Use of technology and multi-agency coordination is the way ahead for safer coasts
New Delhi: India’s littoral security has remained a huge concern post the 2008 Mumbai terror attack. Even though major steps have been taken by the government to secure the country’s colossal coast of 7,516 kilometres, yawning gaps still remain. The coastline touches 13 states and Union Territories and there are about 1,197 islands. So, to secure this vast coastline, a new proposal has been mooted to have a new force which exclusively guards India’s coast.
According to the home ministry, the force would be under the control of the central government and called Coastal Border Police Force. “The proposal to raise the new force was discussed at a meeting called for review of all issues of all central paramilitary forces,” a home ministry spokesman said on August 3. At present, the Indian Navy is responsible for maritime security while the Coast Guard secures territorial waters. The aim is to not just secure the coastline but also vital installations such as oils rigs and atomic power stations. A case in point, the Kalpakkam atomic power station in Tamil Nadu.
Since the Mumbai attack, India has installed a chain of coastal radars, automatic identification systems and created a National Command and Control Communications Intelligence Network (NC3IN). There has been a talk of co-opting local fishermen for intelligence purposes but the community has been reluctant to even allow transponders on their trawlers, lest they be tracked at all times. Even the Indian Coast Guard has admitted its helplessness in gaining the complete trust of the fishing community for a variety of reasons. Thus, any talk of raising a central force will be incomplete without state jurisdictional powers and understanding of local ethos. The Comptroller and Auditor General of India (CAG) has already found sufficient loopholes in the patrolling around Odisha and Maharashtra coast.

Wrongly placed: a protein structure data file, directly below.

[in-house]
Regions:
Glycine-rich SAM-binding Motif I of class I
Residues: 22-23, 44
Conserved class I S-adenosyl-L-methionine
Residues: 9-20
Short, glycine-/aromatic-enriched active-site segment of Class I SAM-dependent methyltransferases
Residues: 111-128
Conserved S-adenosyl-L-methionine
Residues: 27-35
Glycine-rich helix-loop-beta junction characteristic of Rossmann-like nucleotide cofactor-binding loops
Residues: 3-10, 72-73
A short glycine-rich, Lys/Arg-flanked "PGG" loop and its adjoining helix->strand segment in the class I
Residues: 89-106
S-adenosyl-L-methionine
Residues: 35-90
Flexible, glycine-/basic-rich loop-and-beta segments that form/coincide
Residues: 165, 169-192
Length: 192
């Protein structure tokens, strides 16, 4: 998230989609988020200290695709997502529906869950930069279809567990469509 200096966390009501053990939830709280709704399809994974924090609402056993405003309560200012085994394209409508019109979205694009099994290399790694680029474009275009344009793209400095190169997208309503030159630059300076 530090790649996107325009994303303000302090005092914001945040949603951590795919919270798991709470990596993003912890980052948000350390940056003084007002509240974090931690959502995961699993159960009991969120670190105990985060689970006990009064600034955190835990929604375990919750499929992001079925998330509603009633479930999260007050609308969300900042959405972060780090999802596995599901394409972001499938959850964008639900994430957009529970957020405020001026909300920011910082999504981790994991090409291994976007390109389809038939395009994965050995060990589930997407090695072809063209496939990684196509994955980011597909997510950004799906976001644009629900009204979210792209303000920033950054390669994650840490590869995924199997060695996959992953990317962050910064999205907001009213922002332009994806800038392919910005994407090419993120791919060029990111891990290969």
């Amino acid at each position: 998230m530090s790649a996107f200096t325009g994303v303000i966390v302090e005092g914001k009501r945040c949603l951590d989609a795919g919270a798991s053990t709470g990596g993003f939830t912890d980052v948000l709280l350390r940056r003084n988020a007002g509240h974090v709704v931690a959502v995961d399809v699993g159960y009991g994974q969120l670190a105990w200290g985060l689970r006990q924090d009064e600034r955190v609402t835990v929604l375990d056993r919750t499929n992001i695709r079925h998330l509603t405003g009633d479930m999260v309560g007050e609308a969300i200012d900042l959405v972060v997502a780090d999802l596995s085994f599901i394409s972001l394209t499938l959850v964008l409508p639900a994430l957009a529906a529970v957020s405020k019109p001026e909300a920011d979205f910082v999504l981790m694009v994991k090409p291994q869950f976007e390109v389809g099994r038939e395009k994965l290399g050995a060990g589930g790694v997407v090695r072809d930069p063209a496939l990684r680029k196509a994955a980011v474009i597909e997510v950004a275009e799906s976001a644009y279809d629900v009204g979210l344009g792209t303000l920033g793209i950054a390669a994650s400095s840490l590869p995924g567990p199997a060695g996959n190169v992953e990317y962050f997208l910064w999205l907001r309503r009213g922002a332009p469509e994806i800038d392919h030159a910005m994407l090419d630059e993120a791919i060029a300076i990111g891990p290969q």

The nature of patrolling also differs for each agency. For the Indian Navy, large scale exercises with cooperating navies is seen as a measure of success along with operational successes of Information Management and Analysis Centre (IMAC) and further development of Maritime Domain Awareness (MDA). For the Indian Coast Guard, it is the attempt to contain threats of both terror and smuggling. The apex marine body, National Committee for Strengthening Maritime and Coastal Security (NCSMCS), is simply a temporary arrangement, as the coastal security bill with a proposal to form a National Maritime Authority (NMA) is caught in limbo. The government has sought to make amends by approving Rs 31,748 crore, five-year planned outlay for the Coast Guard. The plan envisages large-scale purchase of offshore patrol vessels, boats, helicopters, aircraft and development of critical operational infrastructure.
You must be logged in to view this content.